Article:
According to the CDC, 69% of Americans are overweight or obese. The causes for this are well known: poor nutrition, lack of exercise, bad habits and increasing disparities among vulnerable populations. These poor health habits can flow from one generation to the next. For example, children and adolescents who are obese are likely to be obese as adults, according to the Centers for Disease Control and Prevention. One study showed that children who became obese as early as age two were more likely to be obese in adulthood.
There is hope as more communities are starting to address health problems where they begin – in the home, at school and in the neighborhoods where we live. Partnerships with grassroots organizations that are emphasizing nutrition and motion – two critical ingredients in improving health in every community – are changing lives, one community at a time. The Aetna Foundation is working with a number of community organizations to tackle these issues at the local level.
The United Way of Central Ohio, for example, is working with corner store owners in Columbus to increase offerings of healthful foods and promote healthier food choices. Students Run America is pairing volunteer teachers with at-risk teenagers as they prepare to run the Los Angeles Marathon. And, in Memphis, the Shelby County Board of Education is creating teaching gardens where local school children are growing their own healthy foods.
With the support of the Aetna Foundation, these programs are just the tip of a very large iceberg of community organizations, activists and volunteers who are changing poor health habits that were generations in the making. As a cardiologist who has tackled these issues with both individual patients and large populations, I’m excited by the creativity and progress that we’re seeing at the local level.
There’s far more work to be done. Organized programs can’t reach every community and every population. But, it’s important to start somewhere. Here are three key strategies Aetna grant recipients are using to improve community health:
- Cultivating farm-to-table eating habits. While fresh fruits and vegetables are an essential element of good health, they are not always readily available and affordable in low-income neighborhoods. Our grantees are tackling this challenge in multiple ways, including connecting communities with their local farmers’ markets, planting community gardens and supporting urban farming.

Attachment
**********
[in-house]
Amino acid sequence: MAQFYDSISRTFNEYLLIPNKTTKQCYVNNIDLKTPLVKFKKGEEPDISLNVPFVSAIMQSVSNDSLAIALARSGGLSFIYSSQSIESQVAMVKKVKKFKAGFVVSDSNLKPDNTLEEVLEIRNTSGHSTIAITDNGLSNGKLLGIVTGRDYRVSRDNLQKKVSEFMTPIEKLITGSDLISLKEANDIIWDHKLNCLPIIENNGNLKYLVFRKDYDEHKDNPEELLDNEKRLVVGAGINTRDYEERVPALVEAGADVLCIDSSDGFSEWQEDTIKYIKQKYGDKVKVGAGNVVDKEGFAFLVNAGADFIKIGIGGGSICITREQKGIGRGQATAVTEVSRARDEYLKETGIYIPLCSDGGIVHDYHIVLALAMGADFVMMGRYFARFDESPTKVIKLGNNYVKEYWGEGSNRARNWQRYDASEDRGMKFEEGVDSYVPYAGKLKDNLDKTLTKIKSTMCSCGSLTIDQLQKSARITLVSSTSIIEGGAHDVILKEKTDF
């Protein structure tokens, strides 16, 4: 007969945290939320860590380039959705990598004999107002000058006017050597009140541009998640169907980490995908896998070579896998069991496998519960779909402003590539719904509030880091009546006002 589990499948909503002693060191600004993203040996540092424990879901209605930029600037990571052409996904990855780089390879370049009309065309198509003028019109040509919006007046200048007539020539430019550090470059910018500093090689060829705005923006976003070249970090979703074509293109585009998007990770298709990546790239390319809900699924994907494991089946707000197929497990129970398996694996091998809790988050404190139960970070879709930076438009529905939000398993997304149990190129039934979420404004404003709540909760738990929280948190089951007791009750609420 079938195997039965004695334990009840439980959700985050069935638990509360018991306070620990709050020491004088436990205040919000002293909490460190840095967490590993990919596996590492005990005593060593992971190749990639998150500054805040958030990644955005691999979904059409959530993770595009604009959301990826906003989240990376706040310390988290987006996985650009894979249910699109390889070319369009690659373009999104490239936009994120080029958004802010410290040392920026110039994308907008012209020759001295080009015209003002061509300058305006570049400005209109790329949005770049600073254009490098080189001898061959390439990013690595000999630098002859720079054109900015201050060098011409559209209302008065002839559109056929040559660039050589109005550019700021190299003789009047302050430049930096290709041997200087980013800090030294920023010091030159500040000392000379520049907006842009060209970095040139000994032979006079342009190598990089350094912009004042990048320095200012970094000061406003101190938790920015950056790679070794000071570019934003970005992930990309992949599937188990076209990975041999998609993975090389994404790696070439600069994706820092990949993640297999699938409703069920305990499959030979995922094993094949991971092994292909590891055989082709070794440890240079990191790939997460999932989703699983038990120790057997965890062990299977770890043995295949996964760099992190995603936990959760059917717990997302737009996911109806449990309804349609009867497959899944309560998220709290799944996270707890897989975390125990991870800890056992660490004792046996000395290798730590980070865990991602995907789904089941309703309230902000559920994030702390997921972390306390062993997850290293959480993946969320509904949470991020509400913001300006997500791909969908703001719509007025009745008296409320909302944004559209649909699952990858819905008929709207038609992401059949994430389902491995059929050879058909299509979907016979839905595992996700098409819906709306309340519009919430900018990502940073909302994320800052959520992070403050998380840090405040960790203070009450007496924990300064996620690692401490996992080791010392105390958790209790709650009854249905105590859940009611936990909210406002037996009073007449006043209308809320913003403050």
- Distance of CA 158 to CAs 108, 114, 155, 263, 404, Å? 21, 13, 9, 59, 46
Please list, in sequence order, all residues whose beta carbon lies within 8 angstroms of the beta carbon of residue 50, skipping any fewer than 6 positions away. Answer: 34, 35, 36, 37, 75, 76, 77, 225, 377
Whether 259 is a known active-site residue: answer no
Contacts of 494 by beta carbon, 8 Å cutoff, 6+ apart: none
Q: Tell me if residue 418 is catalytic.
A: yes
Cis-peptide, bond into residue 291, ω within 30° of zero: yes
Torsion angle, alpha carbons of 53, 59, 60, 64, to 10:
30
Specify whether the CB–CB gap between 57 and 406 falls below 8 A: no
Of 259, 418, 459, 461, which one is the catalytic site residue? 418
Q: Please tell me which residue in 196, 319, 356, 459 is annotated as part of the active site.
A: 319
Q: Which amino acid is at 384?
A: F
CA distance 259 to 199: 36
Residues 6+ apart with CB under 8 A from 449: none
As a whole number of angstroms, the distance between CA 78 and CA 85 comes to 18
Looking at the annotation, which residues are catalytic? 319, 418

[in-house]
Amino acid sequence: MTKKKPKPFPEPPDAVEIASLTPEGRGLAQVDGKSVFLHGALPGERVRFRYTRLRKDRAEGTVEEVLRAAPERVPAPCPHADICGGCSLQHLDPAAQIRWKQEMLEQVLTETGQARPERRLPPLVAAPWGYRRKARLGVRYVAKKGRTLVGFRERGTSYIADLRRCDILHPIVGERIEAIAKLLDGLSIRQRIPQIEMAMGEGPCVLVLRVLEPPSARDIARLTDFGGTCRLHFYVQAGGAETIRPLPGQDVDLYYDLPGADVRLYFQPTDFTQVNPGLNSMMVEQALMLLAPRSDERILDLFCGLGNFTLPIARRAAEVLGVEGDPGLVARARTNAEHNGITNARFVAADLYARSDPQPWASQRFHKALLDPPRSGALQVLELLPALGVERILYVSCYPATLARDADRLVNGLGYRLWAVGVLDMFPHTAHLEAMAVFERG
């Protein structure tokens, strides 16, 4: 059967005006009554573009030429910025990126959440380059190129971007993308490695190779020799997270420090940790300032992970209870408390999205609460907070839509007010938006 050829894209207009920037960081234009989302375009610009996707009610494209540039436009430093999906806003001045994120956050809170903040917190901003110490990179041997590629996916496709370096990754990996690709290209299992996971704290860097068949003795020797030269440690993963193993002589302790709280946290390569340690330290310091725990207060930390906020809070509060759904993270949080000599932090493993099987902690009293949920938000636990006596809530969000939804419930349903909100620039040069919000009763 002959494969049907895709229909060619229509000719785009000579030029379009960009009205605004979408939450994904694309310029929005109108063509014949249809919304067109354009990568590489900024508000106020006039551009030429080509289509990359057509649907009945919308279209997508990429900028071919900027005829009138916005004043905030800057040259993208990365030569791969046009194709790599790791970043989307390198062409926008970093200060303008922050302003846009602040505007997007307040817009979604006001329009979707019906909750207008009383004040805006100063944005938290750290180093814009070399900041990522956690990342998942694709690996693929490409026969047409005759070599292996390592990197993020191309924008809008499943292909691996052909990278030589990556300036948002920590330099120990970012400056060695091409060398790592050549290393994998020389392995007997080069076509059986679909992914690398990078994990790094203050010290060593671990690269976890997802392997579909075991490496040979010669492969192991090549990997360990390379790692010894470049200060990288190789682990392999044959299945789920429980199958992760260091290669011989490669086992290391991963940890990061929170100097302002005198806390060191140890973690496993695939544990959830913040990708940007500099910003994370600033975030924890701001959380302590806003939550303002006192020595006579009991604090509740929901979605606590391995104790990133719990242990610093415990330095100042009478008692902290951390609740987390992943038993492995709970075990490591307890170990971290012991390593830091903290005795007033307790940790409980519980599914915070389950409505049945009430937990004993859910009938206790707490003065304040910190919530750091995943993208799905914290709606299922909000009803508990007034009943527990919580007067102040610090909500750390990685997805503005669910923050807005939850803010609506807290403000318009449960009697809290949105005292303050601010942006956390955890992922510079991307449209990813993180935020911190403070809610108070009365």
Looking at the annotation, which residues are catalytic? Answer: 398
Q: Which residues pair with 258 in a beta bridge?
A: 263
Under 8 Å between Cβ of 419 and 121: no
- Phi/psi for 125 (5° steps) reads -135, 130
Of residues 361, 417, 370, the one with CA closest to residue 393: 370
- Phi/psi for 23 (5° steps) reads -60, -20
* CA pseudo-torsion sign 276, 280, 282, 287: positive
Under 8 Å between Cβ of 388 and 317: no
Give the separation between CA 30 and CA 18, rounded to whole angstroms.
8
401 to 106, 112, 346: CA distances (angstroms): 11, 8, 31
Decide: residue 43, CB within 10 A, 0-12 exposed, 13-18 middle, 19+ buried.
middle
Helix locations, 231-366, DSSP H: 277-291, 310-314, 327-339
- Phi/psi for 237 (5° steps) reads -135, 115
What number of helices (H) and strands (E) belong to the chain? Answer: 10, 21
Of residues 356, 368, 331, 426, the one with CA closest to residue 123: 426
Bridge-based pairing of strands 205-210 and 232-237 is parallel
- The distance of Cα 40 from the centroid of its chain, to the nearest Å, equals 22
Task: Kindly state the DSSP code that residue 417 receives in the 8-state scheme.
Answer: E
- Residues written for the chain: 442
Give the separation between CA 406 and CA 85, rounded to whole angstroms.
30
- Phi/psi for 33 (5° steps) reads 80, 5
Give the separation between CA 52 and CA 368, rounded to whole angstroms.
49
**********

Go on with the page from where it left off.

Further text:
- Encouraging physical activity, at all levels. In communities where social and environmental factors limit the ability to be physically active, our grantees are fitting fitness into everyday life. Many initiatives incorporate walking or running – allowing participants to get fit at their own pace. Some even combine fitness with mentoring and other wellness activities.
- Reaching people where they live, work and play. Messages around lifestyle change aren’t always well-received, but hearing the message from a trusted source can help. Our grantees are working with local schools, churches, and community organizations to reach people in ways that are impactful, relevant, and well-received.
To support nutrition and motion at the local level, the Aetna Foundation offers community grant programs. Grants support local initiatives that promote eating fresh fruits and vegetables and being physically active, with a focus on low-income and minority communities.
For more stories about how the Aetna Foundation is working with local community organizations to promote wellness, health and access to high quality health care for everyone, read our Annual Giving Report.